The fill port 17, as exemplified in FIG. 2, may connect the volume 50 of cup 12 with reservoir 16, which may contain a flowable material therein, such as for example physiological saline, which may optionally be prefilled into reservoir 16. The flowable material in reservoir 16 may be transferred to volume 50 through fill port 17. In one example, the reservoir 16 may be acted upon by a force generated by a reservoir deformable diaphragm 18, which is in turn acted upon by a pump (not shown) through pump port 13. Alternatively, the pump may directly interact with the reservoir to push or pull the flowable material from the reservoir 16 to the volume 50. Any pump suitable for acting on a deformable diaphragm may be used. Of course, any other technique for transferring a fluid from one receptacle to a different receptacle may be used to move the flowable material into volume 50 from reservoir 16 such as a manually operated air compressor or the like. Cup 12 may also include an exhaust port 20 coupled to passageway 23 which connects the volume 50 with exhaust/overflow reservoir 24 through passageway 23 and exhaust port 20. Passageway 23 may be a channel, piping, tubing, or any other structure which may allow the passage of a flowing material. A valve 22, such as a one-way valve known in the art, may be connected to passageway 23 to limit flow through passageway 23 in only one direction, for example, only in the direction of the exhaust/overflow reservoir 24. A single port into volume 50 may also be used in cup 12, and likewise, more than two ports may be used, depending upon the configuration of the passageway from the volume 50 to the other elements, for example, reservoirs 16 and 24.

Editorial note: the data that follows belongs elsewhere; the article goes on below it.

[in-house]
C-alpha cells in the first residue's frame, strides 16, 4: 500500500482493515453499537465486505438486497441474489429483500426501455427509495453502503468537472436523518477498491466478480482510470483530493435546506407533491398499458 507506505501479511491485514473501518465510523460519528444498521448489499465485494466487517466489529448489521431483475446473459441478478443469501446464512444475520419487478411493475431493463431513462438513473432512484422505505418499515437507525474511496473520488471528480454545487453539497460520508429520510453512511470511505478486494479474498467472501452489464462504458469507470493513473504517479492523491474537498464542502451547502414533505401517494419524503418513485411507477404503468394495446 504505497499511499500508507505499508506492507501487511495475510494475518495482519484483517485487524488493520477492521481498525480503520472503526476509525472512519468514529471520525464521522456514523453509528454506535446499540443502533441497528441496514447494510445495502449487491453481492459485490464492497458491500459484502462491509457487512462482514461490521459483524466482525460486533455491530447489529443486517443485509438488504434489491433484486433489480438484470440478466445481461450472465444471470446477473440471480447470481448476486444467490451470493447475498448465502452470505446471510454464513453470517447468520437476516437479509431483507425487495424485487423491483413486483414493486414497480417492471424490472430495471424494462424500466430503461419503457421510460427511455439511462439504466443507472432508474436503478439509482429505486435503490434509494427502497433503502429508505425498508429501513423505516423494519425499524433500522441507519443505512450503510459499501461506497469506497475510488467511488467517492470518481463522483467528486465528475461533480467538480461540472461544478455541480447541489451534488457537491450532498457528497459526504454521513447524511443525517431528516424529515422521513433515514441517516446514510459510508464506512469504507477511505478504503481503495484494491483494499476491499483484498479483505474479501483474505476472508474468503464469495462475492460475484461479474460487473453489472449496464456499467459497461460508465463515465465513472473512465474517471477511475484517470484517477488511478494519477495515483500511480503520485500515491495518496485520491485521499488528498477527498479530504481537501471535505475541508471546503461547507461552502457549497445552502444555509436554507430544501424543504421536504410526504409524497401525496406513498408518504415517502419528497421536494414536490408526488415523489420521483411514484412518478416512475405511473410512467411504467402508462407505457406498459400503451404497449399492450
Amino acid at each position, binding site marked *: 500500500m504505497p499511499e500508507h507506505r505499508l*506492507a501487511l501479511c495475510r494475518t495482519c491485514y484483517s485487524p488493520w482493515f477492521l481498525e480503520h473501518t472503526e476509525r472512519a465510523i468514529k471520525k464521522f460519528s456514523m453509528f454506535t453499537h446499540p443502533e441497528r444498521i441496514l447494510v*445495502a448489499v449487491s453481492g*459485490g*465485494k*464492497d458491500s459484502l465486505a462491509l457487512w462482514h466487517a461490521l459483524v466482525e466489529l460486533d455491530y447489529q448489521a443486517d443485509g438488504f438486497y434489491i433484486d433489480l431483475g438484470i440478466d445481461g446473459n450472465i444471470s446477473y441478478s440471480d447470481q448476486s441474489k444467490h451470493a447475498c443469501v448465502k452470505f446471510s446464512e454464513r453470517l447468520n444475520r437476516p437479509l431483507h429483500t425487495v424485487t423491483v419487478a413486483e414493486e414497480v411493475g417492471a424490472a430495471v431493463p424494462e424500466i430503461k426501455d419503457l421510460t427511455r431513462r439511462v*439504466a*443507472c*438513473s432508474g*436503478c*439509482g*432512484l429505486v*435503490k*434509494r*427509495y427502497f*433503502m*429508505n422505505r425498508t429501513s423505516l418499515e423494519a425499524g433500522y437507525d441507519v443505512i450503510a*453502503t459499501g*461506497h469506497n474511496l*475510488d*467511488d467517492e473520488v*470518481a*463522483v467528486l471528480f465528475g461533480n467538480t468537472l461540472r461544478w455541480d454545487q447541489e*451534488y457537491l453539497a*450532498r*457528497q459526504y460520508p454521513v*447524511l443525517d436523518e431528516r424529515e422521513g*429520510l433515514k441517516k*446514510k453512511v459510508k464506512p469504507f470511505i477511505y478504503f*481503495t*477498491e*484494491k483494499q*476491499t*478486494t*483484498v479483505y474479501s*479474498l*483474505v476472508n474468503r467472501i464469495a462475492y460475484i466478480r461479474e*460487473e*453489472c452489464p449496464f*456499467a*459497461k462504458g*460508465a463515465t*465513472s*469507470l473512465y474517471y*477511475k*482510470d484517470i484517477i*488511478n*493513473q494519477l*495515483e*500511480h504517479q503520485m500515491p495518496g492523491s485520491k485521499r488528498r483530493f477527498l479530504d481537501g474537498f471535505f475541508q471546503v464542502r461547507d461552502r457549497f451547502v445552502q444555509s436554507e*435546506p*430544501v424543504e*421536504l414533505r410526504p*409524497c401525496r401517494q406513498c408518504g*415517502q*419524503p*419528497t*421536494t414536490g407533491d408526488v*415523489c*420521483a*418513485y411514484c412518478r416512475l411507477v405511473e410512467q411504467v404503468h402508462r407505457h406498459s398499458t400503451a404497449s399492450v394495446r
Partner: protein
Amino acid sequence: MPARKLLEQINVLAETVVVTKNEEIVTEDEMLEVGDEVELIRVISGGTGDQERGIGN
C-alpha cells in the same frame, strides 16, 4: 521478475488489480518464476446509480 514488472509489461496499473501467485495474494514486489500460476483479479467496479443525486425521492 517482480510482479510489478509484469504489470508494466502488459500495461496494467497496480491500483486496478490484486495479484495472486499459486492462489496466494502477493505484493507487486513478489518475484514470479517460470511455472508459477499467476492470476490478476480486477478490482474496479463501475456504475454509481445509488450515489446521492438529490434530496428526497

The electrical support structure 14 may, in one embodiment, as exemplified in FIGS. 1 and 2, be connected to cup 12 such that apparatus 10 is a single or integrated component including cup 12 and electrical support structure 14. The electrical support structure 14 may include a plurality of sensors 15 positioned at various places on the electrical support structure 14 to form an electrode array or sensor array. The electrical support structure 14, 214, shown in the figures, in particular FIG. 4, includes a plurality of “arms” extending from a central hub portion, which may be located on or in combination with cup 12. Of course, any other suitable shape for the electrical support structure 14, 214 is envisioned, for example single, double, triple, quadruple arms, or 6-, 7-, 8-armed, or the like. Alternatively, the plurality of sensors 315 can be positioned on a circular or ellipsoid shaped electrical support structure 314, such that it is a pad or disk, which may then be in combination with cup 312, an example of which is illustrated in FIG. 5. FIGS. 6 and 7 illustrate yet further alternative embodiments of an electrical support structure 414, 514. Support structure 414 of FIG. 6 is shaped as an annulus with additional structure located on or in combination with the cup 412 itself. FIG. 7 illustrates a support structure 514 having multiple extendable arms which allow a user of the apparatus to place the various sensors 515, located on the end portions of the various arms, at positions a distance away from the cup (not shown here), which may itself be positioned within an area enclosed or partially enclosed by at least two arms, such as for example, by the two larger arms as illustrated, or elsewhere on or adjacent to the support structure 514. In an alternate arrangement, the sensors 515 may further be positioned on the extendable portions of the arms and as such may be located on a portion of epithelial tissue intermediate to the end portions of the arms and the cup.